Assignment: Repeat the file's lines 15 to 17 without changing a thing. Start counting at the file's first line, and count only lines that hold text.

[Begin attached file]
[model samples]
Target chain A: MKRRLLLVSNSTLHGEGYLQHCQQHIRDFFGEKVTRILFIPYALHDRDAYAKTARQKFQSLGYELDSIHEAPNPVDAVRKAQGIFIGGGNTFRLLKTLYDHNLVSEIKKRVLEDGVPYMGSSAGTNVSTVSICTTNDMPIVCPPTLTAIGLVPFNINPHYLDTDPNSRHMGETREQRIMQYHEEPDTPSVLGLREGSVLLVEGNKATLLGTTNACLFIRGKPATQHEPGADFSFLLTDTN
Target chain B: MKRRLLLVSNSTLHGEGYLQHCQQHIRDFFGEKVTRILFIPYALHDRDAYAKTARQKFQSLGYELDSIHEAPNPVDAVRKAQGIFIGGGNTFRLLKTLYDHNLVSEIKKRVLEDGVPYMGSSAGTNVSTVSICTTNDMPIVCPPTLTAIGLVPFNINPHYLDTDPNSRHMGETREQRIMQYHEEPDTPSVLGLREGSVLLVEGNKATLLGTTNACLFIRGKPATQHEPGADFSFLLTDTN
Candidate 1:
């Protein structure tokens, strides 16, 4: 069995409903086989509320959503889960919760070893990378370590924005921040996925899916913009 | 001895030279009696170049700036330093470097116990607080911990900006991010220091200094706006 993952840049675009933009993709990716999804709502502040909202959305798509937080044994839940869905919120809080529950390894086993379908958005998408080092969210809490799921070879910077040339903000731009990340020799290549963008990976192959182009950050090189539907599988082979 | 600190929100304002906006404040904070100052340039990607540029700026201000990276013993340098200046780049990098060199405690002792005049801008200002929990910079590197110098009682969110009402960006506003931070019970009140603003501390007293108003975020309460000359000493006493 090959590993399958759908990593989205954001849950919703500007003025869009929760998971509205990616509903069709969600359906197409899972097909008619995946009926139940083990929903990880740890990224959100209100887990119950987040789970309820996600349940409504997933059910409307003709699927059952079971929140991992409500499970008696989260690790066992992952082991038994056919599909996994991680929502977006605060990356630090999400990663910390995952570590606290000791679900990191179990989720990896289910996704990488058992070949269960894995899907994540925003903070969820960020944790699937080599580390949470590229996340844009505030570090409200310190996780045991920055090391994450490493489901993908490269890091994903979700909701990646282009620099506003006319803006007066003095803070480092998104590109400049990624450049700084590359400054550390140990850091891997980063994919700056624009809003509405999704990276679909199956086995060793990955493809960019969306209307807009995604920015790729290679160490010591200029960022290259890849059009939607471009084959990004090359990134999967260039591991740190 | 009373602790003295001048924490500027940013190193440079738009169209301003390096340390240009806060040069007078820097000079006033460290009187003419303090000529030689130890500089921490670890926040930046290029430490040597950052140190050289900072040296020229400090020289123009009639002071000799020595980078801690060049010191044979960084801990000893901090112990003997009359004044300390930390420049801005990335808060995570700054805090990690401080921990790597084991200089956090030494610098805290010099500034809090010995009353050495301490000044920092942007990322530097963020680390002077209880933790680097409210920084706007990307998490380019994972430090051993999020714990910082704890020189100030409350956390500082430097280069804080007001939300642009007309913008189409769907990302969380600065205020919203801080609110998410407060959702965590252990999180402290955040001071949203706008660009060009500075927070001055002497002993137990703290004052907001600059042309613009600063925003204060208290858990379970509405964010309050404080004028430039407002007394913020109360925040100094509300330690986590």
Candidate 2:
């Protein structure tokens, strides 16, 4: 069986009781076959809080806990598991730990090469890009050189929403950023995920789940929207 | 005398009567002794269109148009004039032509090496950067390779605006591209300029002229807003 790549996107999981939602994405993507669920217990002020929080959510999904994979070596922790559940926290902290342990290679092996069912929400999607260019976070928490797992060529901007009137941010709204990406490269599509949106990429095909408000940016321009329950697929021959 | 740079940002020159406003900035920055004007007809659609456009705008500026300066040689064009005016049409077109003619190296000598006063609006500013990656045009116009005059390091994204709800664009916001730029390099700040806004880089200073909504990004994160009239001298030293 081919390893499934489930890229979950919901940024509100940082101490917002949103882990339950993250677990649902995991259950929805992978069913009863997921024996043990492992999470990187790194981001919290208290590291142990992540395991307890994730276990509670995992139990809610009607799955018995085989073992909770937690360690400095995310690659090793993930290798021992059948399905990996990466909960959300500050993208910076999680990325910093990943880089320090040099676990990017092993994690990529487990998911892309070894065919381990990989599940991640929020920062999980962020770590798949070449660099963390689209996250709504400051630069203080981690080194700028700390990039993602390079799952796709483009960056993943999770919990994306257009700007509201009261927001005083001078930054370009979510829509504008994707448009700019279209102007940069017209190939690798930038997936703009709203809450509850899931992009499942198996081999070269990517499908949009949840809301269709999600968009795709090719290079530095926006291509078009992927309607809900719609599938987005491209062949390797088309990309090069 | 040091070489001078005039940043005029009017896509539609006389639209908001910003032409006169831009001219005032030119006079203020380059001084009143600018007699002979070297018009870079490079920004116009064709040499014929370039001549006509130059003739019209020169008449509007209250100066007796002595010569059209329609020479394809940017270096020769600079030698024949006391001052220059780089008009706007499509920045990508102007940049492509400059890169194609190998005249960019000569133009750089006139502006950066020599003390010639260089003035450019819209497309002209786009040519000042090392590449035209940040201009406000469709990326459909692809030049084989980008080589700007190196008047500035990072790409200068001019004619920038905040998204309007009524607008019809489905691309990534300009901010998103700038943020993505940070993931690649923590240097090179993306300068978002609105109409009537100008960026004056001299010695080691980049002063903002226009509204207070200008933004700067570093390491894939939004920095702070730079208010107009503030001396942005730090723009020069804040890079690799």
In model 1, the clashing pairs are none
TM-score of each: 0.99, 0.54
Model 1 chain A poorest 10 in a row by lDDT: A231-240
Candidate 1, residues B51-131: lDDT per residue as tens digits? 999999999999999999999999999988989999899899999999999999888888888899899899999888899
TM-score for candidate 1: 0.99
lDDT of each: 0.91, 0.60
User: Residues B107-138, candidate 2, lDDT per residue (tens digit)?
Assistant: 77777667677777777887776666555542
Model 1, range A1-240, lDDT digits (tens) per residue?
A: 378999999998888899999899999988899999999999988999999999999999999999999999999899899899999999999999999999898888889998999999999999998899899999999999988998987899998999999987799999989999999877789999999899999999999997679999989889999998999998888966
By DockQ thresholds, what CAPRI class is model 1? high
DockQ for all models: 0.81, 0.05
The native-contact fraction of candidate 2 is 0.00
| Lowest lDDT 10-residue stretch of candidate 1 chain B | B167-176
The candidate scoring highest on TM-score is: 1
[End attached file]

Assistant: 77777667677777777887776666555542
Model 1, range A1-240, lDDT digits (tens) per residue?
A: 378999999998888899999899999988899999999999988999999999999999999999999999999899899899999999999999999999898888889998999999999999998899899999999999988998987899998999999987799999989999999877789999999899999999999997679999989889999998999998888966